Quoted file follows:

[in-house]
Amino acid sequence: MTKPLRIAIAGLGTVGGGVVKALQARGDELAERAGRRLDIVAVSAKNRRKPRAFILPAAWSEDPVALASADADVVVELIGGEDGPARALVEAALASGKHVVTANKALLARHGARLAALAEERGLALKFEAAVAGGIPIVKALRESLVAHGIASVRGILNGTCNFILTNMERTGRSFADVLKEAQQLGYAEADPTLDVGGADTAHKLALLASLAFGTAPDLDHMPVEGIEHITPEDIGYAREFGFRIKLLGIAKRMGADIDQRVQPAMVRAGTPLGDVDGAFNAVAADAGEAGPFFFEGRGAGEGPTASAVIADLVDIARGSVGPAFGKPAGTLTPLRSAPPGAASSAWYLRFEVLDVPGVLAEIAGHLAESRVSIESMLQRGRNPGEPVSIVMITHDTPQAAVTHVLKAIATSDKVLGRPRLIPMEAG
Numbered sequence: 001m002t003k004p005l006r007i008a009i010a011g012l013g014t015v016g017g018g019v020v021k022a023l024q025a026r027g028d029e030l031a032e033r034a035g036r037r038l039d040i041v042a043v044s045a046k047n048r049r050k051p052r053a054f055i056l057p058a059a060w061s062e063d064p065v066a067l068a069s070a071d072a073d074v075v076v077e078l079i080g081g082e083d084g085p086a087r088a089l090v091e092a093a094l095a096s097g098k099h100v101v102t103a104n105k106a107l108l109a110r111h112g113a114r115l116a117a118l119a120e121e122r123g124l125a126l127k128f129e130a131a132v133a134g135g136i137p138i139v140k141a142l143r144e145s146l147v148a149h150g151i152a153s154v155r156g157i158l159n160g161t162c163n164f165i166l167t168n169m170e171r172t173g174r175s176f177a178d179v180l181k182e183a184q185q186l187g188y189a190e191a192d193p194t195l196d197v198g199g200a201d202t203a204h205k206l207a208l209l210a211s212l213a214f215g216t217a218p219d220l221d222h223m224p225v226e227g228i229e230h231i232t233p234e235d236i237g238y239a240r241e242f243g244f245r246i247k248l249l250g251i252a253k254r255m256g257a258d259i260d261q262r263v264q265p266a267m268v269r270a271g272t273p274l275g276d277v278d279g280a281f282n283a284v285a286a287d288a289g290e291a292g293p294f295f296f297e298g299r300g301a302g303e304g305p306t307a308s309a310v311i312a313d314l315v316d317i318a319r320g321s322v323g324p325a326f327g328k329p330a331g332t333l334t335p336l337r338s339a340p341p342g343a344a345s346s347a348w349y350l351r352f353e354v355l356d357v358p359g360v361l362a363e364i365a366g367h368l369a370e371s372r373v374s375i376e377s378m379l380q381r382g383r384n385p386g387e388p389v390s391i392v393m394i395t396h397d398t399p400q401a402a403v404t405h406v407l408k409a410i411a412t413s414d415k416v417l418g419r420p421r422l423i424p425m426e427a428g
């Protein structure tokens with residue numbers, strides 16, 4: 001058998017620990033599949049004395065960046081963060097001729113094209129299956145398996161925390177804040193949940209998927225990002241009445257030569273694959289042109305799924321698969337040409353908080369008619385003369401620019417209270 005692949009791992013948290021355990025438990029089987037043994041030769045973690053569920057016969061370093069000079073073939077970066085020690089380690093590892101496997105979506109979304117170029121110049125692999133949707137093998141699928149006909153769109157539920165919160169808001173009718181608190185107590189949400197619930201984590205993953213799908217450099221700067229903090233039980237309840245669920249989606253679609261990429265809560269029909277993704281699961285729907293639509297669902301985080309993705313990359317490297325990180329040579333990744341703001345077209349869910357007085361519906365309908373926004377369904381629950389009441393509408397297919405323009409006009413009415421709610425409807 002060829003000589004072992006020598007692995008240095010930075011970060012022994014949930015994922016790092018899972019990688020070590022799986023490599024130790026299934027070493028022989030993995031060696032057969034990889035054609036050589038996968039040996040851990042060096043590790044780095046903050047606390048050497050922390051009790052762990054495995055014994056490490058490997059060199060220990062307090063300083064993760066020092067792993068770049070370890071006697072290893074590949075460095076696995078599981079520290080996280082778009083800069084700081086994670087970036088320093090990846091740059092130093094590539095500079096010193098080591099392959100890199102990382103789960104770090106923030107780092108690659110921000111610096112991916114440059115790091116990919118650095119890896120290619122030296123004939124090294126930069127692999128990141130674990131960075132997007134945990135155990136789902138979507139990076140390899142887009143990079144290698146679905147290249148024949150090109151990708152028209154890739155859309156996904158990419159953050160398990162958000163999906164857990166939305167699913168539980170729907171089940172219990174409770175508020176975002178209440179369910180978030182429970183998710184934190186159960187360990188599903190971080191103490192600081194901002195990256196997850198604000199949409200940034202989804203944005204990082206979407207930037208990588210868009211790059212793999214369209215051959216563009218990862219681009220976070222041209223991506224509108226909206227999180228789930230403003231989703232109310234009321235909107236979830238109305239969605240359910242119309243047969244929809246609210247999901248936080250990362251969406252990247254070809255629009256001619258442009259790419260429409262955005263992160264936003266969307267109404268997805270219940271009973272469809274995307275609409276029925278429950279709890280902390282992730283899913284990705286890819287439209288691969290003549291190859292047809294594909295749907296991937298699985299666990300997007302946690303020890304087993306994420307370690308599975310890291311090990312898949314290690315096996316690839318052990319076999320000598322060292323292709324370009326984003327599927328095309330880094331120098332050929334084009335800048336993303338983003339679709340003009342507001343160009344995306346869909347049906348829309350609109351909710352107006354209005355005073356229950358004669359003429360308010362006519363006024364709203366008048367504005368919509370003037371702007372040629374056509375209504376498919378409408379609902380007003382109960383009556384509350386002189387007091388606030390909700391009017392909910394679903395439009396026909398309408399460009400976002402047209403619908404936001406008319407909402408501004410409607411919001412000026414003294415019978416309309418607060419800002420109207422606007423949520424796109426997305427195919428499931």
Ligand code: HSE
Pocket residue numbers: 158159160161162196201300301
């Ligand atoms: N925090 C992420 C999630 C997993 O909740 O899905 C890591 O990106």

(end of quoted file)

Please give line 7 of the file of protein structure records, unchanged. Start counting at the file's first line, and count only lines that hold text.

């Ligand atoms: N925090 C992420 C999630 C997993 O909740 O899905 C890591 O990106």